Elvis lives on today through his music, movies and even photographs of the man they called the king. Earlier this week, famed Elvis photographer Alfred Wertheimer passed away peacefully at his home in New York.
Al was a friend to Elvis fans and the man often times behind the camera never turned down a request for someone to have their picture made with him at any one of the dozens of fan events he has participated in over the years.
His images of the icon, Elvis, are themselves iconic. His style was simple: be a fly on the wall and capture what was happening around him. The shots were rarely posed and only at Elvis’ request.
In March, June and July of 1956, Wertheimer was hired by RCA to capture photos of their rising star named Elvis Presley. From that three month assignment, over 3,800 memorable images came out of the time spent with Elvis. One of the more notable photographs is “The Kiss,” taken in Richmond, Virginia at the Mosque Theatre minutes before a performance in the summer of 1956.
Wherever Elvis went, Al went. Following a record-breaking ratings performance on “The Ed Sullivan Show” and RCA recording sessions that produced “Hound Dog” and “Don’t Be Cruel,” Elvis hopped on a train from New York to Memphis. Wertheimer was there with his camera for ALL 27 hours of the train ride. He later remarked that it was Elvis’ willingness to get close that allowed him to capture some memorable photos, including Elvis as he was listening to the recordings from his recent RCA sessions.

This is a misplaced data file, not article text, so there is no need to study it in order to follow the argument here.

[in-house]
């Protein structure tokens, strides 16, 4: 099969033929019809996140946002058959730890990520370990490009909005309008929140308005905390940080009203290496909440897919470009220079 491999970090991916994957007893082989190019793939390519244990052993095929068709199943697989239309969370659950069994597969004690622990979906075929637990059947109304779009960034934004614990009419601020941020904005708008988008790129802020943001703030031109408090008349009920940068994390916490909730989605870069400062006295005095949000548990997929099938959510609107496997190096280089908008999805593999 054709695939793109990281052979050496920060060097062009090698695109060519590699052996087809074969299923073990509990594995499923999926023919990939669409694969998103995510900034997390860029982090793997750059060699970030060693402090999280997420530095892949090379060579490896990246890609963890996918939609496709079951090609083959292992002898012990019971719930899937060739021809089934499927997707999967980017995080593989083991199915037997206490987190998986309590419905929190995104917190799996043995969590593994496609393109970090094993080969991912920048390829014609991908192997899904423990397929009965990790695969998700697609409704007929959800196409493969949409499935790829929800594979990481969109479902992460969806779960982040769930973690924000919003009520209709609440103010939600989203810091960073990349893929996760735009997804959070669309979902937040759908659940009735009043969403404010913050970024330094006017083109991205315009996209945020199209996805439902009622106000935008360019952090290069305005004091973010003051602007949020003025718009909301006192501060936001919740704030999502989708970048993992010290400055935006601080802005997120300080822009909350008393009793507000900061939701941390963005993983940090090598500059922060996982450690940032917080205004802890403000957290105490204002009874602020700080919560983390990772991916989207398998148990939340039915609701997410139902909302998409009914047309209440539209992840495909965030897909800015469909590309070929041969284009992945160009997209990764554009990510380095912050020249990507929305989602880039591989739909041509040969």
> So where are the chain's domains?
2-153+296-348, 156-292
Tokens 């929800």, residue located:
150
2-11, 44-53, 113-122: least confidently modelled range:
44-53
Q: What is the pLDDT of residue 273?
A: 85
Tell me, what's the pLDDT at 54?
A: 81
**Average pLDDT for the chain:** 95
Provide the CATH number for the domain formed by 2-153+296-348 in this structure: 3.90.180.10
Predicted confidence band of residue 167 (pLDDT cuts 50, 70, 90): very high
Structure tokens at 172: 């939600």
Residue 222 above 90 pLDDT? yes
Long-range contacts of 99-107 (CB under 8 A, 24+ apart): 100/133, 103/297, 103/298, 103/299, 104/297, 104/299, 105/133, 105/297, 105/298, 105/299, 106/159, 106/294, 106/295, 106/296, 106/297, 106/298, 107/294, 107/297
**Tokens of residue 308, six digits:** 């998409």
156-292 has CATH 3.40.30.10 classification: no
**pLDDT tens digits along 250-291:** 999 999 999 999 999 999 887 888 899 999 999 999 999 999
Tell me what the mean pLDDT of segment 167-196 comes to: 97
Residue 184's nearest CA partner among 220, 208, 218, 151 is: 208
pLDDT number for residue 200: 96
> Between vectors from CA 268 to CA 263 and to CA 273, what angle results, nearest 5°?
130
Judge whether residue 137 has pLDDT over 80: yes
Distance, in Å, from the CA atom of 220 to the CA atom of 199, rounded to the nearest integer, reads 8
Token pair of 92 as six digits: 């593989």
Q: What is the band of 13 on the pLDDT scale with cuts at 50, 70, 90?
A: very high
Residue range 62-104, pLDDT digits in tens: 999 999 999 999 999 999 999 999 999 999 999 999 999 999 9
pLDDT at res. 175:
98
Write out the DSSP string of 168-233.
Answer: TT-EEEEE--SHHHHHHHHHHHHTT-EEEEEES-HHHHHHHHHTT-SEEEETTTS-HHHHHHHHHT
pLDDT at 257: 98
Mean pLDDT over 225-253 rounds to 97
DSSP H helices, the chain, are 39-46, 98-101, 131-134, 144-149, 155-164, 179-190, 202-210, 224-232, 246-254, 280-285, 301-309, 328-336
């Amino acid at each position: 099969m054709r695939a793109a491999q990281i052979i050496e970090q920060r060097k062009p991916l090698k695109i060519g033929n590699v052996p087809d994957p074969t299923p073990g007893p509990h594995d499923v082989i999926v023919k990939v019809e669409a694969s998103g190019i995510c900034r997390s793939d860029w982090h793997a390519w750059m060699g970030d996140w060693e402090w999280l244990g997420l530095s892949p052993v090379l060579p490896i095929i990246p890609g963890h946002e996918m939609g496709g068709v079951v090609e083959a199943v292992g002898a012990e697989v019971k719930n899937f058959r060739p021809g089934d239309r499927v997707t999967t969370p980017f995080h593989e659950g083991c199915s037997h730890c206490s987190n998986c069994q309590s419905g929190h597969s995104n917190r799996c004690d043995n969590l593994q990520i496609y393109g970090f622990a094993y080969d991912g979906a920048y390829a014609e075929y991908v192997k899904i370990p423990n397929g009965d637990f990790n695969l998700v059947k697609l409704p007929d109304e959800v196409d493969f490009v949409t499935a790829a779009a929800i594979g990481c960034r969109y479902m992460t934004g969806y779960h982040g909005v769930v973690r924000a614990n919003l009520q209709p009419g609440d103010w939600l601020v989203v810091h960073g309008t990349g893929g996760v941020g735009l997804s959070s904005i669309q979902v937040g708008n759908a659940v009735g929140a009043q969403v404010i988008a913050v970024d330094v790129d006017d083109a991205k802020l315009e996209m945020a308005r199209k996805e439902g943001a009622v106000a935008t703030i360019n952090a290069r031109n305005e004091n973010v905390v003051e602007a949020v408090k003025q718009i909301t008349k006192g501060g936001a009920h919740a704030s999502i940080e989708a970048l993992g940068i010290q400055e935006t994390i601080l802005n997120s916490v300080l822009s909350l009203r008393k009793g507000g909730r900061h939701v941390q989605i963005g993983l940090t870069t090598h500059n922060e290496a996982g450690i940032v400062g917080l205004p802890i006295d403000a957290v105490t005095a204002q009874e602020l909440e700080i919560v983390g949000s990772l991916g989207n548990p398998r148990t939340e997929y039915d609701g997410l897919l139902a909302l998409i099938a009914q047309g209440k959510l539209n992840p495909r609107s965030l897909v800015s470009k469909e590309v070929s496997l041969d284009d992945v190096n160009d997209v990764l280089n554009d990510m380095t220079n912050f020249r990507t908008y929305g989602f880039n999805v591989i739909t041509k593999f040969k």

Following that train ride to Memphis, Wertheimer found himself at home with the Presley family on Audubon Drive. It was a casual side of Elvis rarely-seen in photos following his rise to superstardom.
Upon hearing the news of Wertheimer’s passing, Priscilla Presley issued this statement on behalf of the family: “I’m deeply saddened by the death of Alfred Wertheimer. He was a dear friend and special soul. I feel he was a gift for all who knew him, especially Elvis Presley. There has been no other photographer that Elvis ever allowed to get as up close and personal in his life through photos as he did with Alfred.”
A mantra of sorts around Graceland is “Long live the King,” and Elvis’ legacy certainly lives on because of people like Alfred Wertheimer.